Selecting a Faculty Mentor

A Successful Combination: The student/faculty connection

MTSU assistant professor of history Molly Taylor-Poleskey explains the university's URECA grant and shares tips on finding a faculty research mentor. To learn more about this story, click the link here.

If you are looking for a faculty mentor, check out these tips adapted from UC-Berkley's Finding Faculty Mentors. 

STEP #1: Identify Potential Candidates

  • Make a list of faculty members with whom you have taken courses and whose work has inspired or influenced your intellectual interests.
  • Check out our Featured Mentors page and read through their past URECA projects and research interests.
  • Attend lectures on campus to familiarize yourself with other faculty members outside your courses. Visit the MTSU Master Calendar website at for information on scheduled lectures and presentations.
  • Consider the interdisciplinary associations of your interests and identify all relevant departments--including professional schools--that may house potential mentors. Do not limit yourself to your major department.
  • Check departmental websites for up-to-date information on faculty research interests and publications.
  • Ask other faculty members which of their colleagues share your research interests.
  • Talk to fellow students, especially seniors involved in research and/or those active in the majors association -- to find out which faculty members specialize in areas relevant to your proposed research project.

You do not need to do all of these, just choose a few. Your goal is to make a list of 2-3 professors who might be good mentor candidates.

STEP #2: Approaching Potential Mentors

  • Find out when potential mentors hold office hours by consulting postings in the departments, on the web, or on faculty office doors. 
  • Do your homework before meeting with a potential mentor.  Inform yourself about the faculty member's research interests, areas of specialization and/or publications. Be able to state why you are seeking out this particular person's advice.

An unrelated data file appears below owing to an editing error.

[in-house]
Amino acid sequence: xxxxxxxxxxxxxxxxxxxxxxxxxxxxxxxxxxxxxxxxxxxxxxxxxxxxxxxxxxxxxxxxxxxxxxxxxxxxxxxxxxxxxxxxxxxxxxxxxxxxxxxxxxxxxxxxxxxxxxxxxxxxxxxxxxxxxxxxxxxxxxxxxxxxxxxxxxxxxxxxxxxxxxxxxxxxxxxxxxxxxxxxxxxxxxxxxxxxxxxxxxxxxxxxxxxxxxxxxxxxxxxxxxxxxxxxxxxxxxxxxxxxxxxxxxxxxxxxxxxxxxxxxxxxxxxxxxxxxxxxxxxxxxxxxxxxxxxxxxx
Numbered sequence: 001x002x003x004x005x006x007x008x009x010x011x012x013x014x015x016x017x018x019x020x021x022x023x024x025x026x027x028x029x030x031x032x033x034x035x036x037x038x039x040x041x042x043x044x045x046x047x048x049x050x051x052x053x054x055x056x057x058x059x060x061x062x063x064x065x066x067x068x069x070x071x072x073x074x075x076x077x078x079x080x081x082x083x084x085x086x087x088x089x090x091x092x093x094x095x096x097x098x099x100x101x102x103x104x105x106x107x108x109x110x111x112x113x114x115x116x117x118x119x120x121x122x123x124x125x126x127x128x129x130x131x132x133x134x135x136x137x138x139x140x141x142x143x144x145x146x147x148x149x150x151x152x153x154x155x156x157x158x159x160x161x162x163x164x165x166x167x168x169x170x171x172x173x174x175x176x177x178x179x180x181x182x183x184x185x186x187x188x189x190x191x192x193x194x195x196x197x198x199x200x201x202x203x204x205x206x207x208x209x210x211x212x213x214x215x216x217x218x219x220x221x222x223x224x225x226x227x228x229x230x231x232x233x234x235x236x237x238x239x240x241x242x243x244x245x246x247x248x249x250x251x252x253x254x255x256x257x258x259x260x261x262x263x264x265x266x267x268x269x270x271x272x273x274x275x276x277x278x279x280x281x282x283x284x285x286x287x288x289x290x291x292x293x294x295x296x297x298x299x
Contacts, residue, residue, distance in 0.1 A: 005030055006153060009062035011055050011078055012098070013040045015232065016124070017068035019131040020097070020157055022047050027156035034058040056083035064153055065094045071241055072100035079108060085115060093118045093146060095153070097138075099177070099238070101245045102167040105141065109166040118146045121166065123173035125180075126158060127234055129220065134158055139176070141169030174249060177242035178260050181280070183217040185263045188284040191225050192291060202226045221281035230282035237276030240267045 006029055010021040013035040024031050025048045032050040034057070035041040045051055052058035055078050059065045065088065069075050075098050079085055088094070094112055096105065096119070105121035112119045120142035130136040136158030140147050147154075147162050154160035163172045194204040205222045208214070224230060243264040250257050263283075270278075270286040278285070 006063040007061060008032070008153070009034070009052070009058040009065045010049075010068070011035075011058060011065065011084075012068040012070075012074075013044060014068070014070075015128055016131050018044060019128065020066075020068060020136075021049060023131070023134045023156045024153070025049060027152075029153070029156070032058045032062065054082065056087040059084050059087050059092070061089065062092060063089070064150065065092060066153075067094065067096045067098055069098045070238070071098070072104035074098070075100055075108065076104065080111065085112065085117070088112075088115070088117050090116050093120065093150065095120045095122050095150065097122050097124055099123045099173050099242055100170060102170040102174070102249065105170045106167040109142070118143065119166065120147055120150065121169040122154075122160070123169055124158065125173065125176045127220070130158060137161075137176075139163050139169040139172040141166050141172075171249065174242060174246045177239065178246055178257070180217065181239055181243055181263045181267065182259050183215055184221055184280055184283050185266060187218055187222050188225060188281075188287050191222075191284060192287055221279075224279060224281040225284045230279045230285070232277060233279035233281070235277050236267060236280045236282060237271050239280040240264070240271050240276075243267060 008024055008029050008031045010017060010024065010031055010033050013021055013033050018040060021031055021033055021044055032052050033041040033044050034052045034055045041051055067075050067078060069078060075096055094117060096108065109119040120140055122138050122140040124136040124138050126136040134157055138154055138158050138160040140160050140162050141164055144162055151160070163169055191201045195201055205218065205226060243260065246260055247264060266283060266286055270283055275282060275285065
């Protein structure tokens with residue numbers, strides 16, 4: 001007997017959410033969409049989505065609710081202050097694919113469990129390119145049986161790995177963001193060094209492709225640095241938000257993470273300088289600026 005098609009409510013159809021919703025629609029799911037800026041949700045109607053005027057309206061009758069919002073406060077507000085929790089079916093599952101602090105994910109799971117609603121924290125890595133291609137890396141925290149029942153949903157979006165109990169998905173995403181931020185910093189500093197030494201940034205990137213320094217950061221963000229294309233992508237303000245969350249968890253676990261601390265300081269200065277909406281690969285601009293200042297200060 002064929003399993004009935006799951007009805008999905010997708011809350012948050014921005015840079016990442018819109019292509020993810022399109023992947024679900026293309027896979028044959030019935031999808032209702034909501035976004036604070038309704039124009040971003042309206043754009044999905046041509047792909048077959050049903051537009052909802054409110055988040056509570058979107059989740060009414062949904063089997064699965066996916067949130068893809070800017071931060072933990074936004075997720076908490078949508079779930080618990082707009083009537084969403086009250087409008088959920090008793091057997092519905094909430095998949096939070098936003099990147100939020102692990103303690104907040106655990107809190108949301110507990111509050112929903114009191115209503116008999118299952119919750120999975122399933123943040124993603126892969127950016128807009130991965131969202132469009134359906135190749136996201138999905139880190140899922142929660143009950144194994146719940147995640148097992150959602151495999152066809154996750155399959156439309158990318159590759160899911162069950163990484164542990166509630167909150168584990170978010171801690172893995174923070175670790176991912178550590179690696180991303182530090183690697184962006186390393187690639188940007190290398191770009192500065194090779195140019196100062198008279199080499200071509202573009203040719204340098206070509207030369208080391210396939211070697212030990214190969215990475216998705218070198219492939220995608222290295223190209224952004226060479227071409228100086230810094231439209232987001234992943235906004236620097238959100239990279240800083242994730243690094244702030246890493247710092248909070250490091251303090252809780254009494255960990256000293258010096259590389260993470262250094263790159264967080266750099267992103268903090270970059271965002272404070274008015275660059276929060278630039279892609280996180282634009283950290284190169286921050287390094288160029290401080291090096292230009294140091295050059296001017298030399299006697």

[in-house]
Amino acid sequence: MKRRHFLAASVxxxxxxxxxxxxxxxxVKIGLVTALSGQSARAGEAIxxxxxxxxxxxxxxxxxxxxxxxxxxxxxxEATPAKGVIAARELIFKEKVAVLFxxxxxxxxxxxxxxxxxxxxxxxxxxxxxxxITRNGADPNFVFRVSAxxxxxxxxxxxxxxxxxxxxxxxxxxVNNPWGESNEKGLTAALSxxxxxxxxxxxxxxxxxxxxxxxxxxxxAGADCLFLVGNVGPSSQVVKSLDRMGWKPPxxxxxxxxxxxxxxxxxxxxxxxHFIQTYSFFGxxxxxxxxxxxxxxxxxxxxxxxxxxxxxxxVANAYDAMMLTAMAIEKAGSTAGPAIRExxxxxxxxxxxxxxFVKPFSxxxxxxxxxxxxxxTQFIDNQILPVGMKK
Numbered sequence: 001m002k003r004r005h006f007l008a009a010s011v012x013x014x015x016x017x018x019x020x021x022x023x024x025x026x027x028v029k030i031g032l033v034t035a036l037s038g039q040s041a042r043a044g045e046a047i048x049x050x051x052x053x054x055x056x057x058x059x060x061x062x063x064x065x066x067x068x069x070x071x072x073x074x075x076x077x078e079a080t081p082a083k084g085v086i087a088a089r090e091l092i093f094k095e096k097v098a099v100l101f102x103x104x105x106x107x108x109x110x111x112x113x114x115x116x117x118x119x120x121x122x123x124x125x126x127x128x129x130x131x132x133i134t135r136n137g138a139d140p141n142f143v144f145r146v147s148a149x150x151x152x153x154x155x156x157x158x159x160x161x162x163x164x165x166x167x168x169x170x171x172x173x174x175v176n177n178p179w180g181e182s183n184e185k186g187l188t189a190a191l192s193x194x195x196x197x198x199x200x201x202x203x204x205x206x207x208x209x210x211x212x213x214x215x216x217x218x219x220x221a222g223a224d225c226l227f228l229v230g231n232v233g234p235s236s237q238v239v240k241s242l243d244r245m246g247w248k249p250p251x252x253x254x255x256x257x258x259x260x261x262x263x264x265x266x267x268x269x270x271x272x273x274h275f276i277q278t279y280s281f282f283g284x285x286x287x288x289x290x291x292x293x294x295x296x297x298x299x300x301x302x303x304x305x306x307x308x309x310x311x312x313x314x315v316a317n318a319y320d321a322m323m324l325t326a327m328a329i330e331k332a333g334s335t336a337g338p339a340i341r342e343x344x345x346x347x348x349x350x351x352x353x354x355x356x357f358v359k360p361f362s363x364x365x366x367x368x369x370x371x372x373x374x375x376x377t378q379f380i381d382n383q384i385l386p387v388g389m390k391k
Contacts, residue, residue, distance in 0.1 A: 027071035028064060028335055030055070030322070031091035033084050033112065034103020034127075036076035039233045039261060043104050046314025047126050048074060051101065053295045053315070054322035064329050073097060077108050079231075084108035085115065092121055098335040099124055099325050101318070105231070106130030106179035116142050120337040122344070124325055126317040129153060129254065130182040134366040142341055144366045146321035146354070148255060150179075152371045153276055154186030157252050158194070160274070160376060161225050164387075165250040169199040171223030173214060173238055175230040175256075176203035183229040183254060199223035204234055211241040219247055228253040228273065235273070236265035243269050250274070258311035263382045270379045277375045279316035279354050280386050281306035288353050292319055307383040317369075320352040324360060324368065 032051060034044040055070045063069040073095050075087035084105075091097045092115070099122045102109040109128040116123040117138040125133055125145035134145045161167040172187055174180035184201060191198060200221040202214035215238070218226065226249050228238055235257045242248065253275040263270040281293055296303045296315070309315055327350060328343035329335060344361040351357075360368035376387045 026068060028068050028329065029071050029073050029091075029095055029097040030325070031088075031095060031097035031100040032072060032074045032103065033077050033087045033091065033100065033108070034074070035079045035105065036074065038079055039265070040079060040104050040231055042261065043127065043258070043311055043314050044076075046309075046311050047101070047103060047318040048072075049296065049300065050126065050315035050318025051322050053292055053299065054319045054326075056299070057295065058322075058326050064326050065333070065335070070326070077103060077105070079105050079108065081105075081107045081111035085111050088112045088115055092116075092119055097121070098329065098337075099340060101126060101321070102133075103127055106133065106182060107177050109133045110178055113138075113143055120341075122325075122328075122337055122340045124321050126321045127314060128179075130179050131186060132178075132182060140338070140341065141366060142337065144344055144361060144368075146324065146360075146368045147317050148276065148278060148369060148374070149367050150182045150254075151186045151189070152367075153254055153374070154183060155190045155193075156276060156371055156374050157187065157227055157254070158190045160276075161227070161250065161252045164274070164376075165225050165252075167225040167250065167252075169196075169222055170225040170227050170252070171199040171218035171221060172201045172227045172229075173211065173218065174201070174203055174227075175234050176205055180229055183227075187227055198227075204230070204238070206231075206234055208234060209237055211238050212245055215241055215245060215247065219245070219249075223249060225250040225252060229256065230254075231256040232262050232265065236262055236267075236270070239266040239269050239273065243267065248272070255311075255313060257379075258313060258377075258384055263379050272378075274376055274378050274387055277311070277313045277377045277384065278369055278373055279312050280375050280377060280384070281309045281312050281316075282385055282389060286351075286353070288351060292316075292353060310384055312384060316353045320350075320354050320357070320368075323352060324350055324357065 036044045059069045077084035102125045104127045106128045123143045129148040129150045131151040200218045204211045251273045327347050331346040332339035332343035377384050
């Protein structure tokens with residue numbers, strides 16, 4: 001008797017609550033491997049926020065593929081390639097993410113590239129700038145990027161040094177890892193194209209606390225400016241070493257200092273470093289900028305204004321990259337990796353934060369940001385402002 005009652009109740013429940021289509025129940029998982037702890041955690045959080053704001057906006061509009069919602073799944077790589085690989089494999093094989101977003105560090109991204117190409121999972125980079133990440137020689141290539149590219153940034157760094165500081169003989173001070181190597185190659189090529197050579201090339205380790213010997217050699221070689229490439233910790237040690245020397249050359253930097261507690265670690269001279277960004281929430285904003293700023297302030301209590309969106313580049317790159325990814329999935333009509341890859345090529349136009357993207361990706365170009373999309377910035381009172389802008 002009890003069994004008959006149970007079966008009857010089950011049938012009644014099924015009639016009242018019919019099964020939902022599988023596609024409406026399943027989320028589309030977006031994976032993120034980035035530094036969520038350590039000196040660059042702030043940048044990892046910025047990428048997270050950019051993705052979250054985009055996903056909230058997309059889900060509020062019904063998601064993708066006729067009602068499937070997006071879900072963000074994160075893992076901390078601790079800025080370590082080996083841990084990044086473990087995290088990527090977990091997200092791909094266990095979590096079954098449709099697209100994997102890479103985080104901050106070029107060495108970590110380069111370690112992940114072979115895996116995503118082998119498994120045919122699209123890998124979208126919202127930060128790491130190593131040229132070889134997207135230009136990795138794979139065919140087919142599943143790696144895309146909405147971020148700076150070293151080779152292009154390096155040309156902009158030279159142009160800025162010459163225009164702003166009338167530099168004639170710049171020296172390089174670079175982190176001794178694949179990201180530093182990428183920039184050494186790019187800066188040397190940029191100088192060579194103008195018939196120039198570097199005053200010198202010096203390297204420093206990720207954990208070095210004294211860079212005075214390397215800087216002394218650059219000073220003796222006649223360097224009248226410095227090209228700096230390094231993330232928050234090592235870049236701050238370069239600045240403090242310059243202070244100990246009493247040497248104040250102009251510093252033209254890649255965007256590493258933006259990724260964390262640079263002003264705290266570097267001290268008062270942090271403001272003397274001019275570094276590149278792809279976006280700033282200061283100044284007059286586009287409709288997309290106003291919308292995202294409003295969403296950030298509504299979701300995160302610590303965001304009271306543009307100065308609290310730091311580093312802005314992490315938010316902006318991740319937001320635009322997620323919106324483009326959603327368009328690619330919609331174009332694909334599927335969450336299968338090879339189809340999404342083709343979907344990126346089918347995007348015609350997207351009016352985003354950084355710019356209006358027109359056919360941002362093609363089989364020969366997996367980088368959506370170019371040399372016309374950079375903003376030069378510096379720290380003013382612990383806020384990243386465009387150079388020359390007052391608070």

• Before speaking with a faculty member, know what you wish to get out of the meeting: feedback on a research or creative project idea? Help defining the purpose or scope of a project? Suggestions for further background reading? Advice about designing a research instrument or plan? Information about laboratory facilities or equipment? You are running this meeting, so it is important to have an agenda, both to use time efficiently and to show that you are serious about your purpose.
  • Don't go in empty handed.  At the minimum, bring with you a paragraph summarizing your research project/interests and a list of specific questions/requests for guidance.
  • Before leaving the meeting, think about what kind of follow-up you would like to have with the faculty member. If you have established a good rapport and would like to develop an ongoing working relationship, ask if she would be willing to meet with you again to look at a draft of your research proposal, to answer additional questions about a topic you have discussed, or for some other specific purpose.
  • If there isn't a good match between your interests and those of the faculty member, ask him to suggest other colleagues you might approach. Even if this particular individual has been very helpful, it may be useful to ask for additional suggestions of people to speak with, since the more input you get in developing your proposal, the better.
  • Be confident and assertive about asking for help, but keep the length of your meeting within the established time limit (e.g. 15 minute or 10 minute slots). It is important to be considerate both of the faculty member, who faces many demands on their time, as well as your fellow students waiting outside the door.

STEP #3: Asking for Mentorship

  • Once you have identified a faculty member you would like to work with as a mentor, you will need to ask that person to make a commitment to serve as your faculty sponsor or adviser.
  • Clearly communicate what kind of time commitment you are asking for and what the mentor's commitments will be (communicating via email vs. in-person, frequency of check-ins, etc.).
  • Be sure to allow plenty of lead time before the URECA application deadline and make sure your mentor knows when forms are due. 

STEP #4:  Do Not Give Up!

  • If a faculty member declines to serve as your mentor, do NOT be discouraged!  Faculty have many commitments and obligations, which may limit their time available to serve as a mentor.   
  • If you've followed the advice in step 1, just go on to the next potential mentor on your list. You may need to approach many professors before receiving a "yes" response, but be persistent. It may take time, but you will eventually succeed in finding a mentor. If you are planning ahead now to do interesting research later, you are by definition the kind of highly motivated student that makes the work of being a university professor worthwhile.
  • Finally, feel free to come by the Undergraduate Research Center for individual advice on finding a mentor--we are always happy to help.



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